Well, now there's a new school of thought about how managers are supposed to get more done -- and done better.
They should just do less.
'Everybody says their days are too short,' says J. Keith Murnighan, a professor at Northwestern University's Kellogg School of Management and author of 'Do Nothing! How to Stop Overmanaging and Become a Great Leader.' The key to unlocking greater productivity, Dr. Murnighan says, is to just say no: to switch off the email pings, decline meeting invitations and get home in time for dinner.
西北大学(Northwestern University)凯洛格商学院(Kellogg School of Management)教授、《什么都别做!如何不再过度管理成为伟大领导者》(Do Nothing! How to Stop Overmanaging and Become a Great Leader)一书作者J・凯斯莫尼根(J. Keith Murnighan)说：“每个人都说他们的时间不够用。”莫尼根博士指出，释放更高生产率的关键就是说“不”：关闭电子邮件提醒、拒绝会议邀请、准时回家吃晚饭。
In fact, dozens of studies all say the same thing: Doing less, and doing it without interruptions, can be the key to being a more productive manager and entrepreneur. A 2008 study by researchers at University of California, Irvine, and Humboldt University in Berlin, for instance, found that constant interruptions cause work to suffer and 'people to change not only work rhythms but also strategies and mental states.'
事实上，几十项研究都得出了相同的结论：少做事、做的时候全心投入不受外界干扰，是成为更高效管理者和企业家的关键。比如加州大学欧文分校(University of California, Irvine)和柏林洪堡大学(Humboldt University)的研究人员在2008年开展的一项研究发现，持续的干扰会影响工作的完成，也会导致人不仅要改变工作节奏，还得调整工作计划和精神状态。
According to study co-author Gloria Mark, a professor at Irvine, 'Stress went up significantly when being interrupted.' The cause of the stress, she says: 'having to keep shifting your attention.'
But while executives may understand intellectually that busy days at the office don't equal productivity, putting laziness into practice is more difficult than it sounds. Reorganizations that allow executives to focus less on day-to-day tasks are crucial but can take months or years, says Stephan Liozu, a corporate consultant and adjunct professor at Case Western Reserve University. Other helpful steps, he says, can be enforcing interruption-free vacations and requiring detailed job descriptions that free up senior managers from work that can be easily delegated to others.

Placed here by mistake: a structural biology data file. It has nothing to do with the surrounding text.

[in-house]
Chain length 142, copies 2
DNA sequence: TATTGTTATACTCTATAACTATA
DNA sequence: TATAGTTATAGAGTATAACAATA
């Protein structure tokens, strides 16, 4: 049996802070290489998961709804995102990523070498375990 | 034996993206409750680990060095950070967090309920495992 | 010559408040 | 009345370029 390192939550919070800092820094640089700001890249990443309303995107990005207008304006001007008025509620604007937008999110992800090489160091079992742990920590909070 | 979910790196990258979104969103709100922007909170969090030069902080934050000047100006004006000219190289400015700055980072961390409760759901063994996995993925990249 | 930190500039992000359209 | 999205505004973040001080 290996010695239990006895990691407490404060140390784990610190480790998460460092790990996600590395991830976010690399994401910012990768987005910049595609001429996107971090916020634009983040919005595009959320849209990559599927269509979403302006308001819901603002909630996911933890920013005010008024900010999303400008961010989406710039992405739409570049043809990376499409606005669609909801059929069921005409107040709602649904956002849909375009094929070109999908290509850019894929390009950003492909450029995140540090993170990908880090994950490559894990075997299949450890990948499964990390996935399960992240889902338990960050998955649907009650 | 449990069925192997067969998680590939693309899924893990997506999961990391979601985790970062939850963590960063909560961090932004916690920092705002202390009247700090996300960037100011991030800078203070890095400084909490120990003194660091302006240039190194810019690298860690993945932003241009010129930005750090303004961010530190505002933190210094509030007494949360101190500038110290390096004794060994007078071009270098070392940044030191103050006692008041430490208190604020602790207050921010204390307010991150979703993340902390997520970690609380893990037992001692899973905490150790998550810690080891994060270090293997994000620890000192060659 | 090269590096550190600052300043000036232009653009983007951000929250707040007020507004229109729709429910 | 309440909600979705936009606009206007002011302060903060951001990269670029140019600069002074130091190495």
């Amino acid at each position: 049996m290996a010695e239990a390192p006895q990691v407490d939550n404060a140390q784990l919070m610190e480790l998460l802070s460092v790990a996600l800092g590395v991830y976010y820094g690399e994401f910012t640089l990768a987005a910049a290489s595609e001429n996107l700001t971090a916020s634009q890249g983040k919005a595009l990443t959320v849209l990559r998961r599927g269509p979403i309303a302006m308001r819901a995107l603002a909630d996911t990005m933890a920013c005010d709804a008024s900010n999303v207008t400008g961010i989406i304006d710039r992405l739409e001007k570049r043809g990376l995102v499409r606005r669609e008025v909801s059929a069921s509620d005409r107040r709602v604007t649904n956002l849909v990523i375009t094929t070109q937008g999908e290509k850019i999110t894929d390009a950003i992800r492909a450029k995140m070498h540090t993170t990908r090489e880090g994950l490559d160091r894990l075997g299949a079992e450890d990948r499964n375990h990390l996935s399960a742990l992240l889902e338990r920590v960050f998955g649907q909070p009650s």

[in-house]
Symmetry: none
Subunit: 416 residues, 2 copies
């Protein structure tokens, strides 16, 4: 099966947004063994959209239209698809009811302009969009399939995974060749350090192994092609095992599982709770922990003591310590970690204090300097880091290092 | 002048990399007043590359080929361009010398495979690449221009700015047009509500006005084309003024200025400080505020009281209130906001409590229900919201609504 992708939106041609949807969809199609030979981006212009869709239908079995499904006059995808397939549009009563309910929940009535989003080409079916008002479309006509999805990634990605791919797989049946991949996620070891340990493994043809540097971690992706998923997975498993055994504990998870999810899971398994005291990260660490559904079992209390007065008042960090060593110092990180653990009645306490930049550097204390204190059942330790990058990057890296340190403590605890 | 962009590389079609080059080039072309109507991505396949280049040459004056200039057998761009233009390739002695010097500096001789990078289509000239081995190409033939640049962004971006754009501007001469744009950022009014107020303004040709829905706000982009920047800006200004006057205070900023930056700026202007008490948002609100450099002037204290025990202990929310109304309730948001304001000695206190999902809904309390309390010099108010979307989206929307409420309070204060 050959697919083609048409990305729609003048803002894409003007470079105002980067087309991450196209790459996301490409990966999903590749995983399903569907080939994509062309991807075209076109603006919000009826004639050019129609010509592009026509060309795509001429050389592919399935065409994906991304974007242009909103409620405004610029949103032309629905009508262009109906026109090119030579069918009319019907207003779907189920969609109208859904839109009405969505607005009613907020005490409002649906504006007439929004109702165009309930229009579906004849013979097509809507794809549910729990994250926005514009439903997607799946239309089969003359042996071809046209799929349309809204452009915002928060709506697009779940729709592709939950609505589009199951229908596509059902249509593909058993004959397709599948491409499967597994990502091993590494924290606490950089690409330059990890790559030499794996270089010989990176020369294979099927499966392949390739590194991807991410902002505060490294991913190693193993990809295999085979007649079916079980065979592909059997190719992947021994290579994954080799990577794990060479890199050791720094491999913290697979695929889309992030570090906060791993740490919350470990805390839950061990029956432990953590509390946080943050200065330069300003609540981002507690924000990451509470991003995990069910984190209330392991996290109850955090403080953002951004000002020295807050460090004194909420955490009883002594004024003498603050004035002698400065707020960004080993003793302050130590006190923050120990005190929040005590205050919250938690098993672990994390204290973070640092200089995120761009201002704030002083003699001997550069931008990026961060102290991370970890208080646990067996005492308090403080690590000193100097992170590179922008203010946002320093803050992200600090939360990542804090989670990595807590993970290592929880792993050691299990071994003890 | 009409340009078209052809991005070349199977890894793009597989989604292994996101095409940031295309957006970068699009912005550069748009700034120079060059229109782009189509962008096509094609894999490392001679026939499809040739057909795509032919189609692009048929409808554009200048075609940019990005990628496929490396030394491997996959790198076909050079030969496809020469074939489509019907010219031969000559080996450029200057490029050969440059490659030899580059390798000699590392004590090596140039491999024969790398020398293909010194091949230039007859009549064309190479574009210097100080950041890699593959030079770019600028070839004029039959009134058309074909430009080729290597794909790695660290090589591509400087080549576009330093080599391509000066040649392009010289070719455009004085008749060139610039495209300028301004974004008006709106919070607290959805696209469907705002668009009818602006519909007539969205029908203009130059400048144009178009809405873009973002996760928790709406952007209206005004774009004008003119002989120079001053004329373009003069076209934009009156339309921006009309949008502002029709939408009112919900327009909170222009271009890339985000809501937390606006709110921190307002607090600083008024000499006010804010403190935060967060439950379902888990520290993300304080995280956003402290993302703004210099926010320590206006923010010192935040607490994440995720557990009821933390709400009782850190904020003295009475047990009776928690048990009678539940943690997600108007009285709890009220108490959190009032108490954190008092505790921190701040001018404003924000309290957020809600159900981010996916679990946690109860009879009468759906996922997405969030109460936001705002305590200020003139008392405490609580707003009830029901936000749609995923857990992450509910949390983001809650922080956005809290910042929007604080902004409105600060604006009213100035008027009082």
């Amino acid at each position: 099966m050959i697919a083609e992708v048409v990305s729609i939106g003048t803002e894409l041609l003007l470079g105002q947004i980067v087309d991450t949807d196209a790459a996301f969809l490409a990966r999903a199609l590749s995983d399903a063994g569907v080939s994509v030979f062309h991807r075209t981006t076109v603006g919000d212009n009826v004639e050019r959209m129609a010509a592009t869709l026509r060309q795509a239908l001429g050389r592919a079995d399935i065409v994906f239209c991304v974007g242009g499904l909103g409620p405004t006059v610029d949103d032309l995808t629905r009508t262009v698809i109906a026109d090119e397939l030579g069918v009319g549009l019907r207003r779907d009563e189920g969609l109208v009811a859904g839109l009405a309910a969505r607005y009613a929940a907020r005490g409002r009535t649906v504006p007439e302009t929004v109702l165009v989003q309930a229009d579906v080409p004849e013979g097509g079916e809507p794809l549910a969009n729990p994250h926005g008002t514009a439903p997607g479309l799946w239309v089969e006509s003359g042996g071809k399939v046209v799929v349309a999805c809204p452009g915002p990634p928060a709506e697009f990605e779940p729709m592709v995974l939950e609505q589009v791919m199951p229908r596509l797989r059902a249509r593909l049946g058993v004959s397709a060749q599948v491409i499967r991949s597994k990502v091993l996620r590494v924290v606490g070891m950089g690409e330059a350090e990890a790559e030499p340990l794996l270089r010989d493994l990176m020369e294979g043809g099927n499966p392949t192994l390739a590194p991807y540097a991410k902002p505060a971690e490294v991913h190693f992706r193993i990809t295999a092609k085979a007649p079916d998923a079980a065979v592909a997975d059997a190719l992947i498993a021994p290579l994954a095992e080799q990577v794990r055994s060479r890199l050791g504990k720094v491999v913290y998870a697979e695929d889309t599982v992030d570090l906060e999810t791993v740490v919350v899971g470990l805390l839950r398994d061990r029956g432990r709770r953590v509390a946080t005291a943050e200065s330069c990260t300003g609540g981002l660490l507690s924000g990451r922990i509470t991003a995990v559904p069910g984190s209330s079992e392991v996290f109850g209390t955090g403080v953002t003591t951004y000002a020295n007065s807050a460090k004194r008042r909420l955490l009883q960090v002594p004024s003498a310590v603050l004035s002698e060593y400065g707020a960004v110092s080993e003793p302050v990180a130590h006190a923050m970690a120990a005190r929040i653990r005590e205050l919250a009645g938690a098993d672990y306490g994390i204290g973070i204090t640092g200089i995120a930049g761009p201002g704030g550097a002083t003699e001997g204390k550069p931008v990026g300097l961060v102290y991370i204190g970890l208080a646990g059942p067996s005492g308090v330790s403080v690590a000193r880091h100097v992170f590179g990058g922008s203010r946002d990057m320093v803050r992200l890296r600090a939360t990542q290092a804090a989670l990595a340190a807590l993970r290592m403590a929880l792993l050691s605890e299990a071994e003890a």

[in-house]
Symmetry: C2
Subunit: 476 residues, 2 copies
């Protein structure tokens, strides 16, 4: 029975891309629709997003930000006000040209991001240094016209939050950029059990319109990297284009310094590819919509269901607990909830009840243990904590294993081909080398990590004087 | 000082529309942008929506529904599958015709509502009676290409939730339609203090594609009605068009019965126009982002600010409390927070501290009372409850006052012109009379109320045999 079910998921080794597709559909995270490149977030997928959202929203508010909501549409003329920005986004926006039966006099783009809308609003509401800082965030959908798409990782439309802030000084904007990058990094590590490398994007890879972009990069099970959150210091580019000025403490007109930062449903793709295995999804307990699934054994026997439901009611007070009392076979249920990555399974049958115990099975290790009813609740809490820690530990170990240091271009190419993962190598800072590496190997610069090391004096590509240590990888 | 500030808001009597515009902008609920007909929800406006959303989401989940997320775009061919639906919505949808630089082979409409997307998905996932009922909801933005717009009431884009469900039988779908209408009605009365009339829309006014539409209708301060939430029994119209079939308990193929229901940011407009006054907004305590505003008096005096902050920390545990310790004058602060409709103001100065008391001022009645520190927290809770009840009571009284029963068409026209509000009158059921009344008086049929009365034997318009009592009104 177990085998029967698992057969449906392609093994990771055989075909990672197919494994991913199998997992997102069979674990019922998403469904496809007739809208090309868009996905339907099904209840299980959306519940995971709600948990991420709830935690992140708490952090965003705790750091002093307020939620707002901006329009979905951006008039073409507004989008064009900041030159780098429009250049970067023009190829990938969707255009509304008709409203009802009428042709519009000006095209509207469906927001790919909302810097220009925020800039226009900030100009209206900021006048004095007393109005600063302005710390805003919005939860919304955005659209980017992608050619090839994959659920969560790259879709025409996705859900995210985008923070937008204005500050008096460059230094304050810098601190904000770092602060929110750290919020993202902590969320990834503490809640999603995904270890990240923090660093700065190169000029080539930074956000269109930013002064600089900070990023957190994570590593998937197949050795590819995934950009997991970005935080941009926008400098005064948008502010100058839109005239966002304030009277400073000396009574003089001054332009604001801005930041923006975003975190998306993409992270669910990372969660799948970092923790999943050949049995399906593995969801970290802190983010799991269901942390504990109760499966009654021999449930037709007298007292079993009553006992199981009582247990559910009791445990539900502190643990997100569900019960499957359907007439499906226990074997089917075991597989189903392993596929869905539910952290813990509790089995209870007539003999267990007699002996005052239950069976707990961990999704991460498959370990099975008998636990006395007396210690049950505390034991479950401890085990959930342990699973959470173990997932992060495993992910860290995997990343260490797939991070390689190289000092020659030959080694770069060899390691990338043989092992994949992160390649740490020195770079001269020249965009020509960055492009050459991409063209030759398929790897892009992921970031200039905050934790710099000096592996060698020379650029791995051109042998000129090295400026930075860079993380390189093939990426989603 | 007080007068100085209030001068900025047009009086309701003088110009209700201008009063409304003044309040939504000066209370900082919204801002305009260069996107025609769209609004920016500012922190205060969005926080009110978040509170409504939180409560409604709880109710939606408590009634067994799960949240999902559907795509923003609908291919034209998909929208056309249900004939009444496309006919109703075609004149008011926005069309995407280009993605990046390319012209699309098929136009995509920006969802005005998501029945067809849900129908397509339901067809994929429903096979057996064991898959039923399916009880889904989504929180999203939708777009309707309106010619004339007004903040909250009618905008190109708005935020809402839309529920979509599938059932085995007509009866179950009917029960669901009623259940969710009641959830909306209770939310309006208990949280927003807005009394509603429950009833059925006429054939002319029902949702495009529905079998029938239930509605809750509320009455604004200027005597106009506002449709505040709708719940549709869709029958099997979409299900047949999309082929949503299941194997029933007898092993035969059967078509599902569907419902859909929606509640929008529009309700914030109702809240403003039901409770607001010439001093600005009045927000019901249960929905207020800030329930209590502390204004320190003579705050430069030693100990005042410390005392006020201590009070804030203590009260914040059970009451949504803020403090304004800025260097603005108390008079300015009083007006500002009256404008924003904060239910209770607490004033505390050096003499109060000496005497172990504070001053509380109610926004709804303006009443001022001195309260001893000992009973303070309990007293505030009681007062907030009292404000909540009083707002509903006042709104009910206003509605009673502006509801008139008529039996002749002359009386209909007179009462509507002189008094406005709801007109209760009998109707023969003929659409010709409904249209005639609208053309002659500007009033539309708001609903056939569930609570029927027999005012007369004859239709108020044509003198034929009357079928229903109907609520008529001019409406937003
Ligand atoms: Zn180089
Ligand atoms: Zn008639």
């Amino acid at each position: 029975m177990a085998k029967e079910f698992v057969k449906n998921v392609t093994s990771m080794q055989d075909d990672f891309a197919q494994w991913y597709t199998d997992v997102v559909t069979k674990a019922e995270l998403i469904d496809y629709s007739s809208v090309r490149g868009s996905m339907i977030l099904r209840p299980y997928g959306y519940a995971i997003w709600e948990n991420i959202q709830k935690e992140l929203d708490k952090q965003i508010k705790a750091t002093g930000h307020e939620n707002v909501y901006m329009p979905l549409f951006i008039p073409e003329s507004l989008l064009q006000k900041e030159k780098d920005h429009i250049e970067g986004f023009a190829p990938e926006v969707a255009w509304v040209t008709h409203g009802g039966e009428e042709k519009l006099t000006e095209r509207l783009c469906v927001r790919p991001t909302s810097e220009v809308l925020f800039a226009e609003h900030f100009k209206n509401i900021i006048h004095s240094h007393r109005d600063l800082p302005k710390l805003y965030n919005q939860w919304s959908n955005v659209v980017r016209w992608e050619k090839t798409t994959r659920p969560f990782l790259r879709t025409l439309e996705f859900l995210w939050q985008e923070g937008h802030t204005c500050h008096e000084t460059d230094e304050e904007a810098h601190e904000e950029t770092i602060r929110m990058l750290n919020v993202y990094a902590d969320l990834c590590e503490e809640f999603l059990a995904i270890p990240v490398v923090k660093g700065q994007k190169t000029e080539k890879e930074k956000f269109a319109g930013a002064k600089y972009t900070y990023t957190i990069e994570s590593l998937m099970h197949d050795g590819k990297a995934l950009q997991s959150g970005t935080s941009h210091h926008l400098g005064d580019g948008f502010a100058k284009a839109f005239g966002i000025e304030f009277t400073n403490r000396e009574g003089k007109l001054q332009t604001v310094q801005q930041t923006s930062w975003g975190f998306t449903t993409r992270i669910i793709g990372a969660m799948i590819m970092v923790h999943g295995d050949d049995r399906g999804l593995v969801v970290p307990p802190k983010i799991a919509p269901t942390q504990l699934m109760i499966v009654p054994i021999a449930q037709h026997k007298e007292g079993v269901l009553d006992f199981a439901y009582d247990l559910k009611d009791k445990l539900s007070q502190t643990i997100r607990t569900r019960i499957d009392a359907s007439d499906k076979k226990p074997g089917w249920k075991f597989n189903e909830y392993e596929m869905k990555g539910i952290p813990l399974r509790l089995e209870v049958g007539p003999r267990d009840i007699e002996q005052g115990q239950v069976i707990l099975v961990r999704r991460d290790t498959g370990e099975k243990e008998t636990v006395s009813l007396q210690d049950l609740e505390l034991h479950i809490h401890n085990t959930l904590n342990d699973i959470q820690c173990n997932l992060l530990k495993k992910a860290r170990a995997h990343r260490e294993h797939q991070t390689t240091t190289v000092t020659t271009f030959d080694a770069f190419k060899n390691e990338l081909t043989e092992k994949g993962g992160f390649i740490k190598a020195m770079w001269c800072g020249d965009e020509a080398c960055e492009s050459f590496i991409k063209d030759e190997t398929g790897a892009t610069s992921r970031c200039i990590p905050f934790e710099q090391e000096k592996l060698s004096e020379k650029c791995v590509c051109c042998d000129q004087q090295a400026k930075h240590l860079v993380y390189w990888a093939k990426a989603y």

然而，虽然管理者们心里可能很清楚在办公室不停的忙碌并不等同于有效率，但真要放手不干却是说得容易做起来难。企业顾问、凯斯西储大学(Case Western Reserve University)兼职教授斯蒂芬里奥祖(Stephan Liozu)说，重新进行组织规划、以便让管理者们少花精力在日常事务上这一步非常重要，但也许要经历数月或数年才能完成。他说，其他有用的方法还有：强迫休假同时避免任何干扰;制定详细的职务说明、把高管们从那些可以轻松交由他人代办的工作中释放出来。
Even when companies say they want to make a change, Mr. Liozu says, most don't act on it. 'They are stuck,' he says. He adds that he often asks executives to stop sending emails on weekends to make it clear to others that they are off the clock. But many executives don't know how to slow down and meet more reasonable deadlines.
'Being busy and acting busy can be addictive,' Mr. Liozu says.
Despite such general skepticism, there are executives and managers who follow the do-more-by-doing-less principle and find that it works for them. Kyle McDowell, a Tampa-based vice president at UnitedHealth Group Inc., says he keeps his morning calendar clear to assess strategic goals. And when looking at job candidates, he ranks passion for the work above having the exact skills needed. He feels confident delegating even the most challenging projects to his enthusiastic reports, he says, because they are more willing to take chances. 'A lot of folks confuse output and effort,' says Mr. McDowell.